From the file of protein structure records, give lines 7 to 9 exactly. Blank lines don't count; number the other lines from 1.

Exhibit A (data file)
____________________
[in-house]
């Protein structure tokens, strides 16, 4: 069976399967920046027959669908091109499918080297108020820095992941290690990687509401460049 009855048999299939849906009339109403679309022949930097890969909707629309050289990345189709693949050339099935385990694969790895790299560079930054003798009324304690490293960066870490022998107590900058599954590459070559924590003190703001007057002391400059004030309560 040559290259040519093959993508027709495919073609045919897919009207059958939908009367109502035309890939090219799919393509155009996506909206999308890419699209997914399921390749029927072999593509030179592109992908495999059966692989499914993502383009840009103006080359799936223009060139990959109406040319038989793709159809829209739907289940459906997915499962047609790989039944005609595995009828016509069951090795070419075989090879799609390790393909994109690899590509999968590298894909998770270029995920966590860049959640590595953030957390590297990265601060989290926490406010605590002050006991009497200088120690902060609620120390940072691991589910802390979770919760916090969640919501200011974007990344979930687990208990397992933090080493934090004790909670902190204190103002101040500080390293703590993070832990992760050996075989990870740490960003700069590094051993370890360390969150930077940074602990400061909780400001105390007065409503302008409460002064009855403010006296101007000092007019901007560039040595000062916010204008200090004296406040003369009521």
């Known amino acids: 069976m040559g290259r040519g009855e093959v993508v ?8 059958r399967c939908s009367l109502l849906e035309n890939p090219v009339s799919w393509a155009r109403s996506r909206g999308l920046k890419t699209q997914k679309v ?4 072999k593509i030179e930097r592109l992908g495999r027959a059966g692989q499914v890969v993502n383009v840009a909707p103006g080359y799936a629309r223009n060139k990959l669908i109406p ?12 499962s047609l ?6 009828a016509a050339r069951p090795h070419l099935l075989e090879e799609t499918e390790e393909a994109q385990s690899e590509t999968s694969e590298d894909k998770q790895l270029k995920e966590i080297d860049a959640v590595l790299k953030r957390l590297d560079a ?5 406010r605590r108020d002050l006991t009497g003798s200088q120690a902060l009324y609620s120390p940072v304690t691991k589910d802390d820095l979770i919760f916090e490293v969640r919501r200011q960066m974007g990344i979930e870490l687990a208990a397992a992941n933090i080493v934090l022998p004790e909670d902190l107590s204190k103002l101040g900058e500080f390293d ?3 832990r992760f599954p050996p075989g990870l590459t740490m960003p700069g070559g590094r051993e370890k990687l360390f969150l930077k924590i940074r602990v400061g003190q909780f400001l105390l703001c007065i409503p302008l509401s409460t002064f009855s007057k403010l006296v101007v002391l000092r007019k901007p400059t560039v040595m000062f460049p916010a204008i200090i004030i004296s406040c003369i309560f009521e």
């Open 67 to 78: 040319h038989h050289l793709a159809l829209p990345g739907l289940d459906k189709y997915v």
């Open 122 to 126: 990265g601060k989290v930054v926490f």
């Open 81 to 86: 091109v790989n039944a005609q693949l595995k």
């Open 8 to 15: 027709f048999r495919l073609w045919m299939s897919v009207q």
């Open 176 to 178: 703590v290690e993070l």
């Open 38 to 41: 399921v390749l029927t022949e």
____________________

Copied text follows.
């Open 8 to 15: 027709f048999r495919l073609w045919m299939s897919v009207q």
């Open 176 to 178: 703590v290690e993070l």
């Open 38 to 41: 399921v390749l029927t022949e």